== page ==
Many people get angry and assume that the women in these situations are “stupid” or “weak” or “complicit.”  The truth stands opposed to that ignorance.  The reality is that women who are victims of abuse are hurting, ashamed and afraid. It is very rare that a woman in an abusive relationship will actually come out and define the relationship as abuse. Remember: manage, paralyze & excuse.

Abuse is mental before it’s physical.

A woman trapped in domestic abuse has been conditioned to hold out hope that one day he will change and all the love she pours out will be reciprocated. In many ways she believes if she can somehow take responsibility for his problems, life will be better. It nearly never happens. A domestic abuser takes no personal responsibility but instead creates an irrational world where the victim is responsible.

Mental abuse is the worst form of abuse, because it leaves no bruises on the outside. The bruises are found on a woman’s self-esteem, on her broken heart, and in the fading of her once vibrant dreams.

Domestic abuse kills off the spirit if not the body.


How can you help a woman or children caught in domestic violence?

Please visit http://www.thehotline.org/ and learn more about how you can help. If you are trapped in a domestic violence situation you can also call: 1.800.799.7233.

As a culture we have to engage ourselves in situations where we see domestic violence. We’ve become a nation of cowards who say, “That’s not my problem.” Wrong. It is our problem. Domestic violence is a cultural and societal problem. Any man who believes he can hit a woman without consequence will continue to do so. It eventually took two 20-year convictions to finally stop my stepfather from harming another woman.

National Domestic Violence Hotline  | 1.800.799.7233

National Domestic Violence Hotline | 1.800.799.7233


I sent my mother the above text and told her I was considering this post, but since it involved her, I would not share any of this publicly. I do not have a motive outside of helping others who may need to know that they are not alone. Below is her response:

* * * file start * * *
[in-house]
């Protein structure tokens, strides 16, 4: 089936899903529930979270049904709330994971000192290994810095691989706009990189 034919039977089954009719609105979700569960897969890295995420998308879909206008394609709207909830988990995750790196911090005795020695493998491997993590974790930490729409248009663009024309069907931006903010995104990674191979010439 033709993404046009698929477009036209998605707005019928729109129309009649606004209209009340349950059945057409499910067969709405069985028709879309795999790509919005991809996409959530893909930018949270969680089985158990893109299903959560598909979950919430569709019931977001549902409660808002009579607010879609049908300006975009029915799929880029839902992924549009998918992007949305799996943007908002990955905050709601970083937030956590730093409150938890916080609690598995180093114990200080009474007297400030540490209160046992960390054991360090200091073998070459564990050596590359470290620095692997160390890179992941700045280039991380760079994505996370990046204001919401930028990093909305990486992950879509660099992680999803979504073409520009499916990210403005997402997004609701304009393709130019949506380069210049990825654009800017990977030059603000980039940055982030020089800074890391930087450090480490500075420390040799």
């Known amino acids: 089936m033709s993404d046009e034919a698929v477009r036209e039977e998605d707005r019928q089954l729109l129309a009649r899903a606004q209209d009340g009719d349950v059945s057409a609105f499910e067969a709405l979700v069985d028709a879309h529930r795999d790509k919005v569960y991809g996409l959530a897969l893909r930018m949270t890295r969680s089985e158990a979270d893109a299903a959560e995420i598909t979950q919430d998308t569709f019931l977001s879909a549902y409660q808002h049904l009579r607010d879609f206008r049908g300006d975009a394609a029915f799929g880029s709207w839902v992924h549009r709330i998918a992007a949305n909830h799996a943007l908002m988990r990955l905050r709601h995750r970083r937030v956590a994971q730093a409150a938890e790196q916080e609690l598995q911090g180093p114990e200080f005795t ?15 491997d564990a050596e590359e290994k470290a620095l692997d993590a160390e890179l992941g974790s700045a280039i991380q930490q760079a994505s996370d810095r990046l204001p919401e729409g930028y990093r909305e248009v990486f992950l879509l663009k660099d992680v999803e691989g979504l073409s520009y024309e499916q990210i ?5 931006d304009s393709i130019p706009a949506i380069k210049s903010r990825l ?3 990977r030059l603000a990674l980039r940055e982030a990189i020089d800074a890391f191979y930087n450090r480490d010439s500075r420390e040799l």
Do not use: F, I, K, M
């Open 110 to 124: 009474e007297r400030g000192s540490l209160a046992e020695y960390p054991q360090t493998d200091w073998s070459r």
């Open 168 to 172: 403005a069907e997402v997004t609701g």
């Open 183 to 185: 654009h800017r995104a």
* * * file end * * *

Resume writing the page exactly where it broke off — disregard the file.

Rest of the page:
Stories need to be told.  I don’t mind you telling it. I almost commented the other day on a post by (church member), but I didn’t out of respect for you. I sent it to myself instead.  

I stayed because I always thought it would get better, because I didn’t think I could handle it on my own financially, because we would separate and he would behave a couple of months and beg me to go back, and after 1996, because of the birth of our daughter. 

In 1993 he was charged with assaulting me, and I invoked marital privilege to keep him out of jail. When he attacked me in 2003, with a protective order already in place, he disconnected the house phone and took my cell phone. The only way I knew to get help was that you were on AOL IM every morning. I was able to reach you, and tell you what happened. I believe you called the police and I think a neighbor did too, hearing me scream. 

I’ve always hated that it must have hurt you being so far away, to get a cry for help from your mother. I felt it must be so conflicting for you to be a Pastor, and yet want to hurt him for what he did. I’m sorry I put you through that.